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Vote 2018: What message did midterm voters send?

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File image of Buncombe County voters on Election Day 2018. (Photo credit: WLOS Staff

It's been just over a week since the midterm elections, and ballots are still being counted in some states.

Even though we don't know the winners of every race, Republicans will retain a majority in the Senate, and Democrats took the majority in the House of Representatives.

"We're in a divided culture now, and it was proven again last Tuesday," Carl Mumpower, the chair of the Buncombe County GOP, said.

"Voters are excited to give Democrats some ability to be a check on Trump on the national level," Jeffrey Rose, the chair of the Buncombe County Democrats, said.

Western Carolina University Political Science Professor Chris Cooper says Senate Democrats ran in tough places to win.

"It was a better year to be a Republican for the United States Senate. It was better to be a Democrat running for about every other seat," Cooper said.

In North Carolina, Democrats eliminated the House Republicans ability to override the governor's vetoes.

"It's exceptional to have a veto-proof majority, and we kind of expected that to go away. I'm just glad that we retained the primary reins of power. Now we'll let the system work," Mumpower said.

"We're really excited about that, to give Governor Cooper veto power again, to provide a great check on what the GOP in North Carolina has been doing to our state for the last few years," Rose said.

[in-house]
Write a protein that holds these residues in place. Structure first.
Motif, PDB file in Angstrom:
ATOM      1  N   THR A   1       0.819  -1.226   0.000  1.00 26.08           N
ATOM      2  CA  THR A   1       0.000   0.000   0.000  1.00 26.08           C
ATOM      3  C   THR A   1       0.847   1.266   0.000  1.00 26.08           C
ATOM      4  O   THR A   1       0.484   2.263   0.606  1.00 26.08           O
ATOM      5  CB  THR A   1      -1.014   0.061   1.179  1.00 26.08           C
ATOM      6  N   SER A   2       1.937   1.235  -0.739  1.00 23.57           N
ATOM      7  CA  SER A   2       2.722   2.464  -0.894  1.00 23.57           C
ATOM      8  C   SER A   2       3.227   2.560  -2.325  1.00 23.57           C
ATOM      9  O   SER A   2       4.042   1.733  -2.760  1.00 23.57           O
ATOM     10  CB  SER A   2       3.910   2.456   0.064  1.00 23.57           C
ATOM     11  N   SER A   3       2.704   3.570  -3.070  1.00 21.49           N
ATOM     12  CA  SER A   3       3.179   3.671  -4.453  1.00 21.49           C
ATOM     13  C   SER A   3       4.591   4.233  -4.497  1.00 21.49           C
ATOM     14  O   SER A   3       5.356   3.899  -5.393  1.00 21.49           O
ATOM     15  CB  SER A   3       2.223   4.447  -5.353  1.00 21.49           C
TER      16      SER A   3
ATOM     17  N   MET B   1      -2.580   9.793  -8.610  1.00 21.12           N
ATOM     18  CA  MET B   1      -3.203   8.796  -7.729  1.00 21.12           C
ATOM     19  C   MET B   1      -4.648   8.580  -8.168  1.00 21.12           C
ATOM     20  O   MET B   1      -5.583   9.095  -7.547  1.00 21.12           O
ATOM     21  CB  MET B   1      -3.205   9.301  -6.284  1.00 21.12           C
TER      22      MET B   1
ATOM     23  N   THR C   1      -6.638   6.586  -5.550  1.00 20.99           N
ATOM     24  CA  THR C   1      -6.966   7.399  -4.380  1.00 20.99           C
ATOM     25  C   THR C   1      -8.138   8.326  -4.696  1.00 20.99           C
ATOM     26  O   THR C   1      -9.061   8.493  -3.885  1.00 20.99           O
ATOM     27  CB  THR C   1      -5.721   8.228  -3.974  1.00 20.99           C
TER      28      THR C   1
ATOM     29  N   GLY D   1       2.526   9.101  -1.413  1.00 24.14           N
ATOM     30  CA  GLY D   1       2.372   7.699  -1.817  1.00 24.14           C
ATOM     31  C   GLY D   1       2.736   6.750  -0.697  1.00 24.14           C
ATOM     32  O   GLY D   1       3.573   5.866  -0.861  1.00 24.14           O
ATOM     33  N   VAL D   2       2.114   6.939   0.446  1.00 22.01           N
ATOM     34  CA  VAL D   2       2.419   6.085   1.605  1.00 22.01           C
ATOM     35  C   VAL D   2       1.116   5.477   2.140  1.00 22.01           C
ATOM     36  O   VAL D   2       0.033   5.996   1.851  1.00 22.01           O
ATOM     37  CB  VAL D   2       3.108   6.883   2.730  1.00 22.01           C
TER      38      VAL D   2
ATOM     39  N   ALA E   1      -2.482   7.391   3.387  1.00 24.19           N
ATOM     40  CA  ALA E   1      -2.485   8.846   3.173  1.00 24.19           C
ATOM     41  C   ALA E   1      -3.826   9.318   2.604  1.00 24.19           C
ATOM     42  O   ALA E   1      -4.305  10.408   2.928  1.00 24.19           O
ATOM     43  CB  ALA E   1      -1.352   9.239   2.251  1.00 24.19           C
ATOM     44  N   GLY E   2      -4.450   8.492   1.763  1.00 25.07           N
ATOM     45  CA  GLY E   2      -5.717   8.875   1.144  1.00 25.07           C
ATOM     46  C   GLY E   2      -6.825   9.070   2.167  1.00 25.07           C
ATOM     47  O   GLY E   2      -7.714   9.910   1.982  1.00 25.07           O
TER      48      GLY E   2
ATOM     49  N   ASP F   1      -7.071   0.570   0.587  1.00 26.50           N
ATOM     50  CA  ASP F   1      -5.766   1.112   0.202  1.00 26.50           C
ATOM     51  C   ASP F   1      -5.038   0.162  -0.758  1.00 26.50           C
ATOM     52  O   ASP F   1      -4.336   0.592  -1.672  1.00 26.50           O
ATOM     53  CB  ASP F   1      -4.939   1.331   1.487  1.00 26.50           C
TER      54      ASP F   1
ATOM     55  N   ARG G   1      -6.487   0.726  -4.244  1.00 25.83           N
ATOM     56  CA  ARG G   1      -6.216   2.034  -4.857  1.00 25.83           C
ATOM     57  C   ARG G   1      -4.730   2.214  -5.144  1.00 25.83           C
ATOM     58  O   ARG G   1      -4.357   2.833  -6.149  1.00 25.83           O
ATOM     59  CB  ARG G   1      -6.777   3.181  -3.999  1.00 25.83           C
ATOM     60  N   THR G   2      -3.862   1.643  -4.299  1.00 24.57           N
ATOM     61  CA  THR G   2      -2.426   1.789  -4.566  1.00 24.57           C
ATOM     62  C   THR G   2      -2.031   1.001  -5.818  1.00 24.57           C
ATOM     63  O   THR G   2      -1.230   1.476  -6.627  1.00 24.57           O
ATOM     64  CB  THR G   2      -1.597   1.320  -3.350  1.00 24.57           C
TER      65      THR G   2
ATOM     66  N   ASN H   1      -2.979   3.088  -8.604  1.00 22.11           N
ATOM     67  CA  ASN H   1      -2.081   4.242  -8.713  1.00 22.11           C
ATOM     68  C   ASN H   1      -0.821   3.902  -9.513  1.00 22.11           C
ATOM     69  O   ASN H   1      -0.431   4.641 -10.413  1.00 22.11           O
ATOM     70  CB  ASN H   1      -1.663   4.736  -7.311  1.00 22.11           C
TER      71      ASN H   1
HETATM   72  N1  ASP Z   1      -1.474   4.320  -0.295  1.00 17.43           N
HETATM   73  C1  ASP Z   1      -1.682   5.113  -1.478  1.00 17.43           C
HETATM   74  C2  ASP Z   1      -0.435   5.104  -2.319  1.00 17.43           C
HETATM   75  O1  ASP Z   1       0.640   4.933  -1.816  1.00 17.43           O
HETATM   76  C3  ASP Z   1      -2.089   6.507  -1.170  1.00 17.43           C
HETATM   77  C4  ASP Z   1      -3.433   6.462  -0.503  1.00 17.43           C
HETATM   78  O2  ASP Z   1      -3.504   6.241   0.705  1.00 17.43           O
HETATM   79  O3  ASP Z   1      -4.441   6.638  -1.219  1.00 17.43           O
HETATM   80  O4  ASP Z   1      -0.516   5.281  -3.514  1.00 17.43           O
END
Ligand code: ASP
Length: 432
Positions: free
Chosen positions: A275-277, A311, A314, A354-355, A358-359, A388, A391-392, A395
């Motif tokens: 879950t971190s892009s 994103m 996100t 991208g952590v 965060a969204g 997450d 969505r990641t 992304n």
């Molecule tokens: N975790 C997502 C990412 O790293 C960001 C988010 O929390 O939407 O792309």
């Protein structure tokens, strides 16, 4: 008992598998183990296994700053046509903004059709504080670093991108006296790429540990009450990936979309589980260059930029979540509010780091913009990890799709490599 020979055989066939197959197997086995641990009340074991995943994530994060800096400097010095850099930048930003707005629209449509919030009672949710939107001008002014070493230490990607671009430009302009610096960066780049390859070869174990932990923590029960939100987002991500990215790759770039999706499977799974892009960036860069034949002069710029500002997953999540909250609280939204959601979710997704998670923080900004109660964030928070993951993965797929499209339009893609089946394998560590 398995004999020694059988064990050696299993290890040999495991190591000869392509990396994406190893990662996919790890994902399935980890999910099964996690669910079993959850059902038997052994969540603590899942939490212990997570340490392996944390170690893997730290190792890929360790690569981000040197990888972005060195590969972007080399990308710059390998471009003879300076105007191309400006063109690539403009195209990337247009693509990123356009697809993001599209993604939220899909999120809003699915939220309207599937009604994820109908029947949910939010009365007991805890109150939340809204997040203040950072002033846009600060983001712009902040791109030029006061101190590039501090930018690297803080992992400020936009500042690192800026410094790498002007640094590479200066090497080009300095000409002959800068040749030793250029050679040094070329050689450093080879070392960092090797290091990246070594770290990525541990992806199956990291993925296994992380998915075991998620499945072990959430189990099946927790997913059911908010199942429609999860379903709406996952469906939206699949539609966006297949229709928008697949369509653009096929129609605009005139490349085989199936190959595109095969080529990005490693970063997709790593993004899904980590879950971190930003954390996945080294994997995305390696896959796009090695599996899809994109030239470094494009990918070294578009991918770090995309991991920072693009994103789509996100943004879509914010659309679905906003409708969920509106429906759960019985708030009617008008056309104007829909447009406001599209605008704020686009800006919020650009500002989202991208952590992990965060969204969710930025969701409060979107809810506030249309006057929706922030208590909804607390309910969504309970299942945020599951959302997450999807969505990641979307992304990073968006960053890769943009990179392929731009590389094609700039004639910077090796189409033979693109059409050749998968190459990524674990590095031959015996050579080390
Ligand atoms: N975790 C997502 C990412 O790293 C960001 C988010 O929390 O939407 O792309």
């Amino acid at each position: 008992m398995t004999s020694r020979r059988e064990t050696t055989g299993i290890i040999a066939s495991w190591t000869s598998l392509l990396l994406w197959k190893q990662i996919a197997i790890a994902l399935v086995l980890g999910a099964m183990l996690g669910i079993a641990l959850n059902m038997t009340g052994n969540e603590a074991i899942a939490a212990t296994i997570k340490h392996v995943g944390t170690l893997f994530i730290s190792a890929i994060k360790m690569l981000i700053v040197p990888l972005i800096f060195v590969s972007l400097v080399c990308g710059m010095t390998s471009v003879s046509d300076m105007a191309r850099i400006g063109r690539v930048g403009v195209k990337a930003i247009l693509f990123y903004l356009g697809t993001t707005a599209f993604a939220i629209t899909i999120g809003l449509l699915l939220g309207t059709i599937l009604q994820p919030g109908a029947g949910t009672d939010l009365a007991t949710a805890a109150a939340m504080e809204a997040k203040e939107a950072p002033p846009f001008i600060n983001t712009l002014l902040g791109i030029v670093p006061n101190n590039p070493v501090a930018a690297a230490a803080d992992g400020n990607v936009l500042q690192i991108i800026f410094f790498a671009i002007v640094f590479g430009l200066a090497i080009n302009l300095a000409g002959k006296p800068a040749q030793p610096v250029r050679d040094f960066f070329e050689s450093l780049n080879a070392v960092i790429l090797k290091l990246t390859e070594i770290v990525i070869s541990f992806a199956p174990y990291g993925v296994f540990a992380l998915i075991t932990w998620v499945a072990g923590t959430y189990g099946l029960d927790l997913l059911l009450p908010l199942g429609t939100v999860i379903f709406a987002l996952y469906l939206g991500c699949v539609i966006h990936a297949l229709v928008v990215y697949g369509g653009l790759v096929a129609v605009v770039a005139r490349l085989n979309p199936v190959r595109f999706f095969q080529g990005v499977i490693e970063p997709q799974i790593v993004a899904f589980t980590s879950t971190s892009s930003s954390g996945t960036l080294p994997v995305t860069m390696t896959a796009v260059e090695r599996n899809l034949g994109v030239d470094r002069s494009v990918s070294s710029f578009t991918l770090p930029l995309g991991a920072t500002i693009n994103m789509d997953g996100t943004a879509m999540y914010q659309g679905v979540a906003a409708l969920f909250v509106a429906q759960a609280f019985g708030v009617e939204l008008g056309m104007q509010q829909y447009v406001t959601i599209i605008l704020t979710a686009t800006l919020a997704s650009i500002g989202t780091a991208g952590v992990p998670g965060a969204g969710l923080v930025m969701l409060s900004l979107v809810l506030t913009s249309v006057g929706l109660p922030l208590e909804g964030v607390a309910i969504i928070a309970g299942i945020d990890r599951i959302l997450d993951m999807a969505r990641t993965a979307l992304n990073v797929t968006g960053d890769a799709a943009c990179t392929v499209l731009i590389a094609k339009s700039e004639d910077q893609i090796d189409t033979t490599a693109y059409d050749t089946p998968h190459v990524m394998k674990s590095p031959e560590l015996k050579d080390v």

WCU's Cooper said the veto could be a critical tool for the governor.

"It's going to mean not that Governor Cooper can play offense, but that he can play defense more effectively," Cooper said.

Also statewide, voters weighed-in on six constitutional amendments. Four passed and two aimed at limiting the governor's authority failed.

"Voters were making real decisions. You had one party saying, 'Vote yes on six.' You had another party saying, 'Vote no on six.' So, the fact it was four and two tells me voters came out and they really made decisions based on how they want their government to look going forward," Cooper said.

Locally, Mumpower said they're excited about the Republican turnout.

"We work really hard to make that happen, and as a super minority here, we're excited to see our side positively motivated to come out and hold up their hand," Mumpower said.

However, the Democrats retained an open seat on the Board of Commissioners, which means they retained a majority of seats on the board.

"I think that's going to be great for our county going forward," Rose said.

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